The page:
A 41-year-old woman was seen for chronic recurrent dermatitis mainly characterized by erythema, papules and plaques that healed leaving cicatricial sequelae, associated to bilateral high-frequency sensorineural hearing loss. At age 3 days, she had been hospitalized for diffuse severe erythematous lesions over the face (cheeks), lower limbs, inguinal and intergluteal skinfolds associated to severe erythema of the oral mucosa (especially the hard palate) and perianal region. She was discharged with a diagnosis of maculopapular exanthema. Recurrent episodes of intermittent angular cheilitis were registered during childhood and adolescence together with intermittent eruptions of scaly erythematous plaques, the most affected areas being neck, trunk, pubis and the inguinal and axillary folds. Cyclosporine therapy was started after a diagnosis of psoriasis with dramatic worsening of the disease. Premature loss of permanent teeth was recorded at 25 years. At age 33 years, erythematous, scaly and oedematous lesions with clearly defined borders were noticed in the pubic area and inguinal folds, while erythematous papules and pustules involved the trunk. A skin biopsy of a plaque in the area of the mons pubis revealed epidermal hyperplasia, hyperkeratosis with focal parakeratosis and a dermal infiltrate rich in lymphocytes and neutrophils, with numerous spores, hyphae and pseudo-hyphae in the horny layer. Candida albicans was cultured from this specimen and antimycotic therapy (itraconazole 100 mg/day) was started with limited improvement of lesions attributable to candidiasis. Laboratory analyses revealed lymphocytopenia with decreased T-lymphocytes CD4, CD8 and natural killer cells. At last examination, aged 41 years, she showed papulopustular acne lesions on the face (Fig. 1a,b), erythematous papules on the trunk (Fig. 1c,d), focal plantar keratoderma (Fig. 1e) that contiguously extends to the Achille tendon region (transgrediens) (Fig. 1f) and minimal hyperkeratosis on the palmar aspect of the first interdigital spaces (Fig. 1g, h). Hair, nails and sweating were not affected.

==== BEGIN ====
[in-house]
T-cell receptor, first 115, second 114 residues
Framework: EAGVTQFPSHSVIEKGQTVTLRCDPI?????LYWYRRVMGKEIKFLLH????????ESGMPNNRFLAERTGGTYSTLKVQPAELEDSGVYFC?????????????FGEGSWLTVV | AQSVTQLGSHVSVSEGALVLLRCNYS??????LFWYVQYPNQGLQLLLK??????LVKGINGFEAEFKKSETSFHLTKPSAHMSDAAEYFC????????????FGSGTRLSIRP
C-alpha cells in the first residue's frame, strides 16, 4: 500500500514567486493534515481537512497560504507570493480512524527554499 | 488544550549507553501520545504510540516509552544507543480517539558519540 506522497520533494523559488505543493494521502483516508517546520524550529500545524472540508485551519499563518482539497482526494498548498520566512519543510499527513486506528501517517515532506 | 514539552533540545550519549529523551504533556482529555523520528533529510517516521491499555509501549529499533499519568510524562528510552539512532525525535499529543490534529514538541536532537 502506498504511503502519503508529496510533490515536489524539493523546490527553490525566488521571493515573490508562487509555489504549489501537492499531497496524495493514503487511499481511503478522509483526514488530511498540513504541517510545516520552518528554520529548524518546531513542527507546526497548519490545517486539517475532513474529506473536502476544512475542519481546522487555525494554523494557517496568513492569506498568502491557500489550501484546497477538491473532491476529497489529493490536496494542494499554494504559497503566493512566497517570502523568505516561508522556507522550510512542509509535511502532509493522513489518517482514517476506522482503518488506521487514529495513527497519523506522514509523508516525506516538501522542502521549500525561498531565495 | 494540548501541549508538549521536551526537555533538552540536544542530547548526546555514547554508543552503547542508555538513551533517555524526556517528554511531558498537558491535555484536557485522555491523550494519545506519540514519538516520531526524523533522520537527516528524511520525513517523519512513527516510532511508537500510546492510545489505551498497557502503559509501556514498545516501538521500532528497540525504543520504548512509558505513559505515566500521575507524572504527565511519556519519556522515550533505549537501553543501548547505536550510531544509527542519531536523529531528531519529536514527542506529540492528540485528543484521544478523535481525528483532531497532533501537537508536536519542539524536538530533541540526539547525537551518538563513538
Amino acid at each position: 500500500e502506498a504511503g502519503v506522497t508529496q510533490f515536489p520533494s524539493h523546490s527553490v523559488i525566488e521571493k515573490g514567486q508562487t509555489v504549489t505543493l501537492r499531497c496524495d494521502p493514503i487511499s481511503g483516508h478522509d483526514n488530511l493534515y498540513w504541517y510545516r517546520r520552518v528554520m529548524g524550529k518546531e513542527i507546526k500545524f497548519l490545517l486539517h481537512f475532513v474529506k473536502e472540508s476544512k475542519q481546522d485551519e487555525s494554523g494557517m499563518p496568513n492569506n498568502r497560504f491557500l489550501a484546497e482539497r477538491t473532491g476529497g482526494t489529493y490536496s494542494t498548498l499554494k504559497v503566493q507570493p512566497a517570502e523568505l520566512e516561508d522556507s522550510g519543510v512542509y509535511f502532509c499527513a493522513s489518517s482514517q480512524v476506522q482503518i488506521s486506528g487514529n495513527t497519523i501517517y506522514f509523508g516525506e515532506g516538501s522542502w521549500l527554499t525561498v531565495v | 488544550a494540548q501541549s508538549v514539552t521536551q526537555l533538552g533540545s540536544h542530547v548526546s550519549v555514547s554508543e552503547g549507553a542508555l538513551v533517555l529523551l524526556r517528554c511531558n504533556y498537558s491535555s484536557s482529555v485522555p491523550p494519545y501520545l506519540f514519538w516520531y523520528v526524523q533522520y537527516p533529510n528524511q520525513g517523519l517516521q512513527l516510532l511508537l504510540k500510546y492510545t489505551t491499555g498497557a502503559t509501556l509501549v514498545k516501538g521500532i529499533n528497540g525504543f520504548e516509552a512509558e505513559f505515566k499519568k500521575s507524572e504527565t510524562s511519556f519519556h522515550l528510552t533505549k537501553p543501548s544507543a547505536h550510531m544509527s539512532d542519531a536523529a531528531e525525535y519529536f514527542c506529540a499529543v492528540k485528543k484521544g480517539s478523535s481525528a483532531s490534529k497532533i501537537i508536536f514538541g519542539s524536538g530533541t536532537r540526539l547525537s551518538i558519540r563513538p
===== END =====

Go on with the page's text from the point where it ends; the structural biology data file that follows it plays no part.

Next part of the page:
Due to the association of keratoderma and hearing loss, Sanger sequencing analysis of the GJB2 gene was started in the proband and revealed a single heterozygous nucleotide substitution c.426C>A, absent in her parents supporting its de novo origin (Fig. S1). This variant (rs397516877 in dbSNP) was absent in gnomAD database ( and caused the p.Phe142Leu change scored as “pathogenic” by prediction systems such as MutationTaster, PolyPhen2 and Mutation Assessor. The clinical and genetic features of our patient, as compared to those of previously reported families mutated Phe142Leu, are shown in Table SI.

Fig. 1. Clinical findings. (a, b) Papulopustular acne lesions on the face. (c, d) Erythematous papules on the trunk. (e, f) Focal plantar keratoderma contiguously extending to the tendon regions (transgrediens). (g, h) Minimal hyperkeratosis of the first interdigital spaces.